Binyamin Or was born on February 7th, 1932 in the Bukharim quarter of Jerusalem to a family of eight children. His father, Rabbi Yosef Yazdi, was a smart Torah scholar and owner of a grocery in Meah Shearim neighborhood. Binyamin assisted his father in the store and learned from him the values of giving and caring for others anonymously. Binyamin studied at Bnei Zion Talmud Torah in the Bukharim quarter where he lived.
In 1947, when he was 15 years old, from of love of the land and a great sense of Zionism, he joined the Lehi, his nickname was ‘Menachem’. He was a disciplined and loyal soldier and fulfilled his duties with joy and faith in the Creator and in the operations success. He did not hesitate to risk his life and hung propaganda posters against the British government, delivered communications in various locations around the city, even during curfews and was involved to disseminating information.
As he grew older and more devoted to the cause, he advanced and participated in more dangerous operations, engaged in intelligence and tracked suspicious persons. Binyamin was a humble and modest man who did not share much about his activities but is known to have guarded a captured German spy.
During the War of Independence, he moved with his family from the house on the border in the Bukharim quarter to a basement in Geula neighborhood, which had one room and a kitchenette which served five families during hard times, thus they endured the siege of Jerusalem.
Binyamin enlisted in the IDF at the age of eighteen, was a combat fighter and participated in battles during the War of Independence. He was then a tinsmith at Meah Shearim in Jerusalem and specialized in making tin water boilers.
In 1953, he married Sarah (nee Gul) and started a family of four in Jerusalem, his beloved hometown. He worked in the Stone and Lime factory – from his point of view he began to build the Land of Israel, so he persisted in the work despite the physical difficulties and injuries to his hands as a result of the lime.
As head of the family, Binyamin did not hesitate for a moment to join the Six Day War to liberate all of Jerusalem, even though his wife was about to give birth to their youngest child. His joy at the liberation of Jerusalem was great, and as a beloved man with a pleasant temperament, his friends from the Old City who knew him when he worked for his father during the Mandate were happy to meet him because they could not meet due to the fact that the Old City was not considered part of Israel from the time of the War of Independence until the Six Day War.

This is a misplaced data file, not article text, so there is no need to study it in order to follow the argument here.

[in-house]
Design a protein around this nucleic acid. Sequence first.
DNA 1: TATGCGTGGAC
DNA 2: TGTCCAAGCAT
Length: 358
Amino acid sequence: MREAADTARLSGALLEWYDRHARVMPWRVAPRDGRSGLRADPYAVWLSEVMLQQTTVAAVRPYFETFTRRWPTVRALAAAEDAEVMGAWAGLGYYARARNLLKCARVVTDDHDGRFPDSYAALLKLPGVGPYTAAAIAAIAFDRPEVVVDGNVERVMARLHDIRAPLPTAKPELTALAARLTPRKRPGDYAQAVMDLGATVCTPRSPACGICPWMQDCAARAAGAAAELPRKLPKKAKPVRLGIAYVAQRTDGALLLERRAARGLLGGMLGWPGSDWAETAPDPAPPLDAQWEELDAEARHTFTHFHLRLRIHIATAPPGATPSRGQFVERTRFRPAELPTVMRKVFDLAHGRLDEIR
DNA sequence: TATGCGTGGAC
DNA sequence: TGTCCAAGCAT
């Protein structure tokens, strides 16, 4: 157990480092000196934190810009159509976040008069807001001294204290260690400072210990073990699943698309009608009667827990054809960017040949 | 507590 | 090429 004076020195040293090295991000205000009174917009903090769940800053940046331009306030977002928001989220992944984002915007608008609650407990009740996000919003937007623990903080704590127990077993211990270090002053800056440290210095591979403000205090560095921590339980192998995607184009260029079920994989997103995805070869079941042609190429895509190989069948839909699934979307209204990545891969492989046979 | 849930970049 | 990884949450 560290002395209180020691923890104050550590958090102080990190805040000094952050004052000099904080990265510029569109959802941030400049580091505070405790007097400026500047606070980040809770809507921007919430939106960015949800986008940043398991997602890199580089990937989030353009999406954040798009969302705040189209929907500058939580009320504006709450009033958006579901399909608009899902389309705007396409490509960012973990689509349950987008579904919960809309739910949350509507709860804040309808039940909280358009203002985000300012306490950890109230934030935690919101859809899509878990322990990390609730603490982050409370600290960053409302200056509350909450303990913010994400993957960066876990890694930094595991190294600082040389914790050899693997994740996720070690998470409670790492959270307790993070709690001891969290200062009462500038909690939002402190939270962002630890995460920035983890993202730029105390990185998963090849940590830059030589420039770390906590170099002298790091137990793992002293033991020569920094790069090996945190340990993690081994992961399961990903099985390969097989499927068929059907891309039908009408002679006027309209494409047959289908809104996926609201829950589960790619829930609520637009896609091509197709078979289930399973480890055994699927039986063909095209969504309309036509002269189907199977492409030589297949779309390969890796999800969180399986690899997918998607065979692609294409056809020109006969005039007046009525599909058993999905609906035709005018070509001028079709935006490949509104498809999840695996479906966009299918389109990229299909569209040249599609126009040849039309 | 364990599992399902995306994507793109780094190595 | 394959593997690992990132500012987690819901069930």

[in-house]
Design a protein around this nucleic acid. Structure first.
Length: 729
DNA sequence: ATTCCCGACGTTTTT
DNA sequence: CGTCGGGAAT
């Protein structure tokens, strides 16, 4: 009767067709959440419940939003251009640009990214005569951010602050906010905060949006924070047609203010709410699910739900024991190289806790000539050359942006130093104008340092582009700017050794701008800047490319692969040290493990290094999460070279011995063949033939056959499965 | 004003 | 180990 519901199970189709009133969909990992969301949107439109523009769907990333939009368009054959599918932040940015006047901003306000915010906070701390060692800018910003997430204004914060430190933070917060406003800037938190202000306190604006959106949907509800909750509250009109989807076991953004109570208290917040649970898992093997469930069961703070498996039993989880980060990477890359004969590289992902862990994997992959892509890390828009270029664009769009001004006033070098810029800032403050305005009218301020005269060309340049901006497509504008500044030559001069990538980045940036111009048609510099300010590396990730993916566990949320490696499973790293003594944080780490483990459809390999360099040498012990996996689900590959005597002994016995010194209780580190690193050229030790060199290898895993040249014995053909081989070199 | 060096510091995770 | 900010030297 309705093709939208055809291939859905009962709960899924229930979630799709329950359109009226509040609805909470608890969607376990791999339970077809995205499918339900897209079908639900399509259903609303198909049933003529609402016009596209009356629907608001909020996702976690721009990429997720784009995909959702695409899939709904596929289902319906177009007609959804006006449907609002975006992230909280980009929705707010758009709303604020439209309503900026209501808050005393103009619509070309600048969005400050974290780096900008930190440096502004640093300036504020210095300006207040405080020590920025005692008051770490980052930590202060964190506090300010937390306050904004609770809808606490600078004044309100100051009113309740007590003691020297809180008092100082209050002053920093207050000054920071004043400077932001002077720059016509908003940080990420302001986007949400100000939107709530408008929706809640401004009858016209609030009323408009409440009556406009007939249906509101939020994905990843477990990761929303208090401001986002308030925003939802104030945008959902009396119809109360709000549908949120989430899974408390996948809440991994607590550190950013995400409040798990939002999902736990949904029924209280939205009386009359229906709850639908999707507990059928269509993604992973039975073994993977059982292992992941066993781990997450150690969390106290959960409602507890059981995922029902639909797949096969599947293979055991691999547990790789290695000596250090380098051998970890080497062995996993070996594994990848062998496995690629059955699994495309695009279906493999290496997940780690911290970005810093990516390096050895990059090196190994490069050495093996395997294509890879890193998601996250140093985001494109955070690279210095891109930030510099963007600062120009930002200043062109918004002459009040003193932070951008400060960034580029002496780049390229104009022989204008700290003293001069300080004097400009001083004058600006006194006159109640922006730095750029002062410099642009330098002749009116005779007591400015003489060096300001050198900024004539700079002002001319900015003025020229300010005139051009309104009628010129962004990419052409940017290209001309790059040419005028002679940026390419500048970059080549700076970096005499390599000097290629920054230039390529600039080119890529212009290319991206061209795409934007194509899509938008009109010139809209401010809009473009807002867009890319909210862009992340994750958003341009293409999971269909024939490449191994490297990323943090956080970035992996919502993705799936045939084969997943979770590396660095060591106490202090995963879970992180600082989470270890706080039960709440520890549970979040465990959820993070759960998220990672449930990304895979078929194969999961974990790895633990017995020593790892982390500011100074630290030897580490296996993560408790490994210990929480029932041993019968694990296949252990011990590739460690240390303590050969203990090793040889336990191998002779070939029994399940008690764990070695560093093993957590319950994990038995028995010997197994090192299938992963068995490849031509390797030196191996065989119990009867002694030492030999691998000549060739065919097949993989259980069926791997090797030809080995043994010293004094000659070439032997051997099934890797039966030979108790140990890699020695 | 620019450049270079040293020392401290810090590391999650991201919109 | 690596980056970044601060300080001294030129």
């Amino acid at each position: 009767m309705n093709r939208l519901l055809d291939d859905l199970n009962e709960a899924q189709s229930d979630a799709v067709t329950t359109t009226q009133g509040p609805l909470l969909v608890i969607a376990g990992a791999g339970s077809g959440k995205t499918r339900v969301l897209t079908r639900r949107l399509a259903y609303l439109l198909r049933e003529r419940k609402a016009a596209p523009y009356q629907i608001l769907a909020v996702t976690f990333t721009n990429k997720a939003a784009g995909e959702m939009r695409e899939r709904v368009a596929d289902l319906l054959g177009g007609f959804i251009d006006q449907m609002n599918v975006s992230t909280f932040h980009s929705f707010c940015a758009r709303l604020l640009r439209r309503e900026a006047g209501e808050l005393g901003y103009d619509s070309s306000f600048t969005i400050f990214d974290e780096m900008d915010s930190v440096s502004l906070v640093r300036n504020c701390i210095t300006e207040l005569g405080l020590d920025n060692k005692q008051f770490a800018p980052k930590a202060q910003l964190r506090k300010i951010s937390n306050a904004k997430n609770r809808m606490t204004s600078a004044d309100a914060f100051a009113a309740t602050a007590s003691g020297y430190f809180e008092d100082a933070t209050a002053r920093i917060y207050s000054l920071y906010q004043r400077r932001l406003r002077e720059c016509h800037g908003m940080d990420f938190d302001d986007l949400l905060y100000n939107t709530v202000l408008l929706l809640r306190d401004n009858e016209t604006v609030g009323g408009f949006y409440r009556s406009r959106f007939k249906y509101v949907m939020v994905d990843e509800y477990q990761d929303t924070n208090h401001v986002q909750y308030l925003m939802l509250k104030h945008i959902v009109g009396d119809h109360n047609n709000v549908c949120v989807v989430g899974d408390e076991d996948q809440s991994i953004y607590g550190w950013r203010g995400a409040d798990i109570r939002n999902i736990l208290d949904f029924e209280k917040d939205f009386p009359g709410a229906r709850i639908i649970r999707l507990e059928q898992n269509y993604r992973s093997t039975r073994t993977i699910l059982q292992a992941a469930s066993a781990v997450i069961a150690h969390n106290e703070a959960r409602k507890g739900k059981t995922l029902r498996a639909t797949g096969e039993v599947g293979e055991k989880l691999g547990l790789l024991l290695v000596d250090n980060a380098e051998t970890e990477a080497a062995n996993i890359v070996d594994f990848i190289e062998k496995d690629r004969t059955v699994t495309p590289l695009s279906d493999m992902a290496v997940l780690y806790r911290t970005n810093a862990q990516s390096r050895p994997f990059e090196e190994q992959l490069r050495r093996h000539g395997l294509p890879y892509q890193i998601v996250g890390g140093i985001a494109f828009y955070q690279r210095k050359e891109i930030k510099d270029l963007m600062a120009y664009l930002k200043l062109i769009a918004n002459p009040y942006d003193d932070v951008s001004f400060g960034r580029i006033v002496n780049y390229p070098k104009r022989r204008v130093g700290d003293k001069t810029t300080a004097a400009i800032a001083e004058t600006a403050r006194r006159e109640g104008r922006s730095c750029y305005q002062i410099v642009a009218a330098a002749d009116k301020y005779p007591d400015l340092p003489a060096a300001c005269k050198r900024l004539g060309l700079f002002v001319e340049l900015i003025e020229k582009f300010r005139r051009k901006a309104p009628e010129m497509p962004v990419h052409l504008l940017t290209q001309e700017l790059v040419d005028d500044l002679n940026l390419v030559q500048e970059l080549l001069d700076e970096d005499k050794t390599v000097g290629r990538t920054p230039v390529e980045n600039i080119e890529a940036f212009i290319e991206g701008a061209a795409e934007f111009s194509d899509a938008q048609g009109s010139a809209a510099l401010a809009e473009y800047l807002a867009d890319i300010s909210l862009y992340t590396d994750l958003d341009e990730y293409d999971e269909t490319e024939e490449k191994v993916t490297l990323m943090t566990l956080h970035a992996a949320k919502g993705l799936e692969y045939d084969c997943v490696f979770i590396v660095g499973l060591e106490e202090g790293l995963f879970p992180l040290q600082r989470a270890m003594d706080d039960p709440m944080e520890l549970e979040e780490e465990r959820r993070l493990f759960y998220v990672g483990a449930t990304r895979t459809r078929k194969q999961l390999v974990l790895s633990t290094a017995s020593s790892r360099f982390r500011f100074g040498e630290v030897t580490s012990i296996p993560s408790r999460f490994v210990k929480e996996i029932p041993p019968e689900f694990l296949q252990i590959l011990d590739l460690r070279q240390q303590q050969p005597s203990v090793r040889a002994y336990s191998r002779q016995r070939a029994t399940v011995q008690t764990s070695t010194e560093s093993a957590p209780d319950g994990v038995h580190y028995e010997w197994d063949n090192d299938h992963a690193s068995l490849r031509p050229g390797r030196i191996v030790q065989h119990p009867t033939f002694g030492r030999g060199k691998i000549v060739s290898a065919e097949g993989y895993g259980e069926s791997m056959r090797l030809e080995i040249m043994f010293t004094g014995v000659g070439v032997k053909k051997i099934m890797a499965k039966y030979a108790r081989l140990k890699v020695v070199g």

Binyamin later became a construction contractor and the first building he built was in the Katamon neighborhood. He built many buildings in Jerusalem:
Binyamin’s buildings were known for their high quality – the stones were red Jerusalem stones that were considered expensive and good stones, the foundations of the buildings were strong and good, and when he built the building at 15 Tzarat Street, he made it out of reinforced concrete so that no war could harm it. Binyamin was known among the building engineers as a smart person and he would offer them solutions and offer them ways to arrange the building so that every space is best utilized.
Integration into society was Binyamin’s main priority, and therefore as a contractor, he employed Holocaust survivors and people who were mentally debilitated – he drove them every day to work and took care of all their needs – hats, special clothes and food. Binyamin treated all his employees with humanity and compassion because he understood the hardships of their lives and the difficulties of manual construction. Binyamin joined the work himself, and in particular casting. After the construction of the building ended, Binyamin would organize a gracious and luxurious meal in order to thank the Creator for the right to build in Jerusalem, the Holy City, and the feeling of holiday engulfed him.
He then established the Revel Candy Factory where sweets were made that are still remembered today. Binyamin also made sure to employ people with special needs and holocaust survivors and take care of their needs. The head cook he employed was a Holocaust survivor named Ya’akov Eisenberg who lived in Tel Aviv, and Binyamin drove him himself and on his own initiative every day to the Central Bus Station in Jerusalem to make the journey easier for Ya’akov.
Binyamin was a kind man who helped others, brought peace, and loved the Land of Israel in the most natural and pure way. Binyamin died on December 22nd, 1992, and is buried in the Sanhedria Cemetery in Jerusalem.